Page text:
SEEFest Austin: Films of Southeast Europe


In April and May the Austin Film Society is holding a 7- week long retrospective of films from the South East European Film Festival (SEEFest) of Los Angeles. The program is part of ESSENTIAL CINEMA series, the brainchild of Austin Film Society’s legendary director of programming, and one of Society’s founding members, Chale Nafus. SEEFest’s artistic director and curator of the retrospective, Vera Mijojlic, will attend the May 15th and May 22nd screenings, at the famed Alamo Drafthouse Theatre on South Lamar.

This is the first presentation of films from Bosnia & Herzegovina, Croatia, Serbia, Slovenia, Albania, and Romania in Austin, Texas. Vera Mijojlic, founding director of the annual SEEFest in Los Angeles, now in its seventh year, describes the unique focus of the festival: “South East Europe is a stretch of land between the West and the East, mixing elements of both in an explosive multi-ethnic melting pot. Meandering through the countries of this turbulent region is the only direct land route between Western Europe and the Middle East. Almost everything is subject to dispute: borders, country names, languages, history; the place is rife with historical claims which have a tendency to confuse outside visitors. Today the fragile landscape of South East Europe is host to many initiatives aimed at creating lasting stability, eventually leading to integration and acceptance into the European Union. SEEFest educates about and promotes cultural diversity of South East Europe through its annual presentations of films from this region and year-round screenings and programs.”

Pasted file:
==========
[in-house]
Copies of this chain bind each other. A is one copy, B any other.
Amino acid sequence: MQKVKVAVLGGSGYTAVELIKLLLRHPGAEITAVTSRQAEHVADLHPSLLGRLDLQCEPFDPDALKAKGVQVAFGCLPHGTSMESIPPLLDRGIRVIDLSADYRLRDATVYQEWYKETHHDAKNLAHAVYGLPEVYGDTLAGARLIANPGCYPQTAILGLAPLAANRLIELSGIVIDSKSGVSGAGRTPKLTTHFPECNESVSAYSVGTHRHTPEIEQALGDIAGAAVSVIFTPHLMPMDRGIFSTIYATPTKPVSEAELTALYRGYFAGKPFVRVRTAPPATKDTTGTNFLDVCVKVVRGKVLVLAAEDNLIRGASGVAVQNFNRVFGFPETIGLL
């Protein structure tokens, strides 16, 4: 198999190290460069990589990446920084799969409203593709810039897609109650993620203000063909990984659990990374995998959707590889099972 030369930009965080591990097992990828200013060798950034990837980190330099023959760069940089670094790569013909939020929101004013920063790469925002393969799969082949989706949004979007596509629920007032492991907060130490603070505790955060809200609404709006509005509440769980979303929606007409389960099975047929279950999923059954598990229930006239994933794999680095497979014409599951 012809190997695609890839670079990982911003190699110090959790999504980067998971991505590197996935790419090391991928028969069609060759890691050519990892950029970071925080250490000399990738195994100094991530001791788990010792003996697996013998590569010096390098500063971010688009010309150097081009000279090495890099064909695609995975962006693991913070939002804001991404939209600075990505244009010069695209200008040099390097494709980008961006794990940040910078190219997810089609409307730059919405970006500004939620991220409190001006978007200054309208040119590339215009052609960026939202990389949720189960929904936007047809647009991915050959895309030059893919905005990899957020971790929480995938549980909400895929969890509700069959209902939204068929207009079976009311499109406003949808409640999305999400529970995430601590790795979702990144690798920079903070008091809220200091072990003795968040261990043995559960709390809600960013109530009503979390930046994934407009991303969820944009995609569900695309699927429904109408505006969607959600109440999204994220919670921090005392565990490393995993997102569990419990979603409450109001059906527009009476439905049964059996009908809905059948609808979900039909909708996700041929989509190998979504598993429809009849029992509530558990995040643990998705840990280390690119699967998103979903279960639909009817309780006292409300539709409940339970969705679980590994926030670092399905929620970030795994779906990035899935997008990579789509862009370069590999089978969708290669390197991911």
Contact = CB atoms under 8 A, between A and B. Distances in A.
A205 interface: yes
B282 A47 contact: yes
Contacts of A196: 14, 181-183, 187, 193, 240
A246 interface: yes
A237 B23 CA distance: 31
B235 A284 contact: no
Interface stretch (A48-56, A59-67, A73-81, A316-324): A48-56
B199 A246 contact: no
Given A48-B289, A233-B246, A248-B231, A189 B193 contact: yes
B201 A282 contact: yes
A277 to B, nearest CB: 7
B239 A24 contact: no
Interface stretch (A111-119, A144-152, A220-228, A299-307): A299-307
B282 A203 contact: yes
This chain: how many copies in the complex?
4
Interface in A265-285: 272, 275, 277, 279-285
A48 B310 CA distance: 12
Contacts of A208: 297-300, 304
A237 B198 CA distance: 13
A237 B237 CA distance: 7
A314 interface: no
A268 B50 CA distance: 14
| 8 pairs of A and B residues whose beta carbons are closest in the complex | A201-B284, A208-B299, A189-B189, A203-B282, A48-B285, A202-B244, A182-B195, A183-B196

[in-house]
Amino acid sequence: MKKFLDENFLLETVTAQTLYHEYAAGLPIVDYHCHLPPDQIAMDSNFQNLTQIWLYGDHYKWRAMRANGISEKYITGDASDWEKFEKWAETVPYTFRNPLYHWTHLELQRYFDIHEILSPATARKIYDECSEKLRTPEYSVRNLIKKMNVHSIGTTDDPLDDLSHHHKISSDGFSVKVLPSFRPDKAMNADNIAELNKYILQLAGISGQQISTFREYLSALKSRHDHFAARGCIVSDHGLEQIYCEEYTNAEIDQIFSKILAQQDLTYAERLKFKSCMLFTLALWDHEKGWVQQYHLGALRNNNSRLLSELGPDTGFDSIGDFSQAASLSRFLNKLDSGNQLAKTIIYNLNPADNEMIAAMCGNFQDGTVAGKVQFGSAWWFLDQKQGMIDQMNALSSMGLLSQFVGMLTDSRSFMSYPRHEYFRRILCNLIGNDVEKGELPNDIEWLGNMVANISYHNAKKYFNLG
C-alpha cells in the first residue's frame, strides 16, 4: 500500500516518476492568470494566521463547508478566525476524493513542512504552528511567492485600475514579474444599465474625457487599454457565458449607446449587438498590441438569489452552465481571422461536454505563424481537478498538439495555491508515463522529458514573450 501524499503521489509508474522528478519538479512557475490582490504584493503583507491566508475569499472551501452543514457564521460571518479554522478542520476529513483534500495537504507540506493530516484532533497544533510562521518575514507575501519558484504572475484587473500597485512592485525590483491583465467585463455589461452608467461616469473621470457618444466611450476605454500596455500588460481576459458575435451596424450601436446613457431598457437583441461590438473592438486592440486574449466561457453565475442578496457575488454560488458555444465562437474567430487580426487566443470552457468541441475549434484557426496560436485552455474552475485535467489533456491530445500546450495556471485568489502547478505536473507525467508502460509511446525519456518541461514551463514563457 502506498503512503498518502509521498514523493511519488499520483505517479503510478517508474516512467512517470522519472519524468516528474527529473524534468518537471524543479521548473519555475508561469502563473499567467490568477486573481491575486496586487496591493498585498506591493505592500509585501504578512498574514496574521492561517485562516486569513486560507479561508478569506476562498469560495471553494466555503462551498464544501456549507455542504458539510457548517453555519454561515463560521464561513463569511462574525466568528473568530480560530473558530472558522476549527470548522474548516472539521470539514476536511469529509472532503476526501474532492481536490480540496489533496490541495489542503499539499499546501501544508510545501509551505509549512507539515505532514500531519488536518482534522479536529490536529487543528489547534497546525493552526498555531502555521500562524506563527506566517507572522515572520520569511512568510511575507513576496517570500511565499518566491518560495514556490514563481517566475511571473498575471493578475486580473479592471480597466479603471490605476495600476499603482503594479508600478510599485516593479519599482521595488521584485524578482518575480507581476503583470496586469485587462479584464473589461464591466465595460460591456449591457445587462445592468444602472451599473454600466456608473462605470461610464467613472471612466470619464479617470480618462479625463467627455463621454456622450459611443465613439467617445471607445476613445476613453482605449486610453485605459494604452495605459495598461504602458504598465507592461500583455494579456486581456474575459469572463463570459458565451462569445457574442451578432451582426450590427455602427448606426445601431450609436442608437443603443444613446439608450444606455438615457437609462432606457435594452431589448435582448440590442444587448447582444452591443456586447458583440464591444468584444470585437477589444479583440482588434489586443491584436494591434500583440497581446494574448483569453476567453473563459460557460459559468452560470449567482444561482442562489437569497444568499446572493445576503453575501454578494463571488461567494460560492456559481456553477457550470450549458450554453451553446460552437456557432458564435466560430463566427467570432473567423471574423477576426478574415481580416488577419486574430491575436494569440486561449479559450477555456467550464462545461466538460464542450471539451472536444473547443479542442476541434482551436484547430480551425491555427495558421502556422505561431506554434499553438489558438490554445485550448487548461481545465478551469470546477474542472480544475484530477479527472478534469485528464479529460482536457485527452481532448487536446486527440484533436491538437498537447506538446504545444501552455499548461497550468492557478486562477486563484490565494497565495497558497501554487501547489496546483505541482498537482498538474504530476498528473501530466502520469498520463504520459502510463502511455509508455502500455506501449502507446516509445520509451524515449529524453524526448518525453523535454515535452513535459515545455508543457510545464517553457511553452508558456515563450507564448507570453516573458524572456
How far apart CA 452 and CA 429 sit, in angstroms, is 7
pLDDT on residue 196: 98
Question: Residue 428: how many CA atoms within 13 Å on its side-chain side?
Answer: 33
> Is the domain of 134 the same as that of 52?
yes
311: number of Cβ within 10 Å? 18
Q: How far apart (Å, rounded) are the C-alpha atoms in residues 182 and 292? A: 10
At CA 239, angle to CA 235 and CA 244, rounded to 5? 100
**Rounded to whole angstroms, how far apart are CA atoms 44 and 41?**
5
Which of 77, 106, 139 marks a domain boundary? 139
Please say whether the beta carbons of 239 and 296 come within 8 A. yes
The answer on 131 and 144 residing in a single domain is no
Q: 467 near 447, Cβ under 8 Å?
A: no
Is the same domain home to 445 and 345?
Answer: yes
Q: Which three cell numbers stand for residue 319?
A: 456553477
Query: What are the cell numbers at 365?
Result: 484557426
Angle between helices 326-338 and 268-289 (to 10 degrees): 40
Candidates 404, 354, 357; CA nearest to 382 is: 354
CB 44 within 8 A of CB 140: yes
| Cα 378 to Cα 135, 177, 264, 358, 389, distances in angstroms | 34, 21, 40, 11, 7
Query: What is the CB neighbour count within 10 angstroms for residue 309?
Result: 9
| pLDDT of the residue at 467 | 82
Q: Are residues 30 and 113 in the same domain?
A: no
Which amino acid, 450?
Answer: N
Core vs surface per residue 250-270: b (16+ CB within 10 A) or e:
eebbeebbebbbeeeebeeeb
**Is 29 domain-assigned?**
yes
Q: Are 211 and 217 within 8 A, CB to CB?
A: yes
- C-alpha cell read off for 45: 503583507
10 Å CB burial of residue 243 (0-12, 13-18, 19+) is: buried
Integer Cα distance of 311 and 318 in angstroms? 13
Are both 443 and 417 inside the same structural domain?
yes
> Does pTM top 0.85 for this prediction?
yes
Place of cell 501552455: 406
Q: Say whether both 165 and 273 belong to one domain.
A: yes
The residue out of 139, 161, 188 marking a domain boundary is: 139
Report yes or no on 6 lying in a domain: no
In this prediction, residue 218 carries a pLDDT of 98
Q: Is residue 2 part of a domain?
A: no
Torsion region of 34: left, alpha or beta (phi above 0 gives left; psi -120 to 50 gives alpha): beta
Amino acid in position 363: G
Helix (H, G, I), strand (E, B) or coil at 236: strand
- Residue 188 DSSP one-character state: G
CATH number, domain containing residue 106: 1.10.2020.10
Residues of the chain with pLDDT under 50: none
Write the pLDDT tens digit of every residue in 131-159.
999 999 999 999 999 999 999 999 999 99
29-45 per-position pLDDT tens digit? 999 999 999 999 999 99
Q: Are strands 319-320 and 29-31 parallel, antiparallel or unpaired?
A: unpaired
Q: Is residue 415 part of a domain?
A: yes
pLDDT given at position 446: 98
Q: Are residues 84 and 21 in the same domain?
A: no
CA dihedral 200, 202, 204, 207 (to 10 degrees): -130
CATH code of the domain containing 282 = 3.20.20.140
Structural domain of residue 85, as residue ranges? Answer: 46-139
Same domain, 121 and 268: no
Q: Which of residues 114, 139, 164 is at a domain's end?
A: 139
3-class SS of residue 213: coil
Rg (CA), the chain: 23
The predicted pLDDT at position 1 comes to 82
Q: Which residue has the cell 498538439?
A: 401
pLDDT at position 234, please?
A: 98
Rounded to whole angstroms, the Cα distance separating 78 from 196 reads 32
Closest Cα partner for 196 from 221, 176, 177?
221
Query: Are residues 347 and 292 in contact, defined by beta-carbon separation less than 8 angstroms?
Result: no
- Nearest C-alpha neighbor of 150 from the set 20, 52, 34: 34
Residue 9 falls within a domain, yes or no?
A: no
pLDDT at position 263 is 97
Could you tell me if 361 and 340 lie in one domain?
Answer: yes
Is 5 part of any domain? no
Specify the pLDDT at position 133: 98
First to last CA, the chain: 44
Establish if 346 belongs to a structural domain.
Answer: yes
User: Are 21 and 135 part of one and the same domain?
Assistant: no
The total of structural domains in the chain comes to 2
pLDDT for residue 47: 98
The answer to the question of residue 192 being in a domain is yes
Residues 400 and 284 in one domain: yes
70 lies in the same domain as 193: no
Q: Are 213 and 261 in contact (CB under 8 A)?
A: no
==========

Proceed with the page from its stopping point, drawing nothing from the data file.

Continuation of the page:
Selected films include: Pjer Zalica’s FUSE from Bosnia Herzegovina, Srdan Golubovic’s THE TRAP from Serbia, Catalin Mitulescu’s THE WAY I SPENT THE END OF THE WORLD from Romania, Vinko Bresan’s WITNESSES from Croatia, Artan Minarolli’s ALIVE from Albania, one “mystery film TBA” from this year’s SEEFest, and one classic film highlighting SEEFest’s work with archives, Frantisek Cap’s VESNA (1953) from Slovenia.

The 7-week long program serves both as an introduction to South East Europe’s cinema, and an overview of the past decade which gave rise to Romanian New Wave and films that deal with the legacy of recent wars and ethnic conflicts that ravaged the region.


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